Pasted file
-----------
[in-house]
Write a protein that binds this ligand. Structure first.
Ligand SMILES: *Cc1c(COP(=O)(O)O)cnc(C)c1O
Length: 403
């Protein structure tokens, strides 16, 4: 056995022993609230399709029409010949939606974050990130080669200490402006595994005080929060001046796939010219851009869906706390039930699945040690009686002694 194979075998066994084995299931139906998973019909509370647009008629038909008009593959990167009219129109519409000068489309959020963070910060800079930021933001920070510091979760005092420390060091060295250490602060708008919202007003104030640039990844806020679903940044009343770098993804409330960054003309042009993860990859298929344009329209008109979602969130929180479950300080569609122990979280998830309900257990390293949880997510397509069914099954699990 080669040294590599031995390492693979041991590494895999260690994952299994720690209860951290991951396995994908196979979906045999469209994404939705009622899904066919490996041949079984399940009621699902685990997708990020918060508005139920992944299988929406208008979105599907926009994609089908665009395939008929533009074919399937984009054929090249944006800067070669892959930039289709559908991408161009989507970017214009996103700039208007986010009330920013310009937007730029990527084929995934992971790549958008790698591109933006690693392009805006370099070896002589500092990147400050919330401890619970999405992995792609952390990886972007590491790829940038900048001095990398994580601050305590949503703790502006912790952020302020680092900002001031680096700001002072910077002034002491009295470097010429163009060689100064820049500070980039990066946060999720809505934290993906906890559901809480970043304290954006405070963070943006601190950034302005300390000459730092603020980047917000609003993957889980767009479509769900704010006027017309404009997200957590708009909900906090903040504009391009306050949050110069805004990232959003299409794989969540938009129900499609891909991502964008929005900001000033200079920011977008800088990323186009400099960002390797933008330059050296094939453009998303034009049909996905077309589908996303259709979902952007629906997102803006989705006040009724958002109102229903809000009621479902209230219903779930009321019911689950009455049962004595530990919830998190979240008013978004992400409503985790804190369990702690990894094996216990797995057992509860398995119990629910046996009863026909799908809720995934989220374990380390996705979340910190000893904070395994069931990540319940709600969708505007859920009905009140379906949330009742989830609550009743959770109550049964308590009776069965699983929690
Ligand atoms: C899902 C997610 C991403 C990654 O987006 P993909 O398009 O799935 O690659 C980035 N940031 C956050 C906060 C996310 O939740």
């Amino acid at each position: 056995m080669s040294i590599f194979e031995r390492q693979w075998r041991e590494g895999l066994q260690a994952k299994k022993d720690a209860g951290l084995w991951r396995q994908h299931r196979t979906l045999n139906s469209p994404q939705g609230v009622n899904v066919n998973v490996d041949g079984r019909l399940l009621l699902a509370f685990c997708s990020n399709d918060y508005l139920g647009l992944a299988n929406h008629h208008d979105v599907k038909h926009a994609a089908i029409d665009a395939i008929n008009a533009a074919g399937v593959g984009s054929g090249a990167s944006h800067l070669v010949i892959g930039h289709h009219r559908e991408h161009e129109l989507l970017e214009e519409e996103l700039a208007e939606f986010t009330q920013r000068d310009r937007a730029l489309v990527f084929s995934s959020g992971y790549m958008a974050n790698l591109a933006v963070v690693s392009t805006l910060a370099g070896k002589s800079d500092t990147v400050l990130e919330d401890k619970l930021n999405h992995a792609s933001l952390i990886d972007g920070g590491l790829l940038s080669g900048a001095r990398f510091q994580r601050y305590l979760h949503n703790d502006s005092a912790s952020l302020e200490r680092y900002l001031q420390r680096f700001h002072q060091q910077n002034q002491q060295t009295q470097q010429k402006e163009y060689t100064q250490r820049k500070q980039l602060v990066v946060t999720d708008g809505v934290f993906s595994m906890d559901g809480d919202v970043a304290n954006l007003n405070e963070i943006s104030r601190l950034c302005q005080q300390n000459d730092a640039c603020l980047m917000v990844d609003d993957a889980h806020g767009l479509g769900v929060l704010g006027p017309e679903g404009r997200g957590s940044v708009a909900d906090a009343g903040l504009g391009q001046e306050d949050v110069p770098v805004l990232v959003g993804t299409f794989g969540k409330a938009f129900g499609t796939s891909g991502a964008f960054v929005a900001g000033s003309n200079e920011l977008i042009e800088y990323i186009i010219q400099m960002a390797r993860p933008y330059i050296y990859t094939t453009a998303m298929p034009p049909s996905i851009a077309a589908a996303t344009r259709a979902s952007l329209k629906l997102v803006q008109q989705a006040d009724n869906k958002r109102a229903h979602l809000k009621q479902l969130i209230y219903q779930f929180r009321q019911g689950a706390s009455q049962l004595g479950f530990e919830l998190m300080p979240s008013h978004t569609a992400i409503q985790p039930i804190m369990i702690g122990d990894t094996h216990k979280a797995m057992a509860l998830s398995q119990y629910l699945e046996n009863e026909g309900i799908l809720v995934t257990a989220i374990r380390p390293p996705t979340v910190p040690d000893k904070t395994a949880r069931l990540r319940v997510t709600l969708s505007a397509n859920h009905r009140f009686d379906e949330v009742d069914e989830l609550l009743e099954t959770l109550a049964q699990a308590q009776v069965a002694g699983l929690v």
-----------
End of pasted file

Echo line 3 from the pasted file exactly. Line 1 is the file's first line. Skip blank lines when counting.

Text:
Ligand SMILES: *Cc1c(COP(=O)(O)O)cnc(C)c1O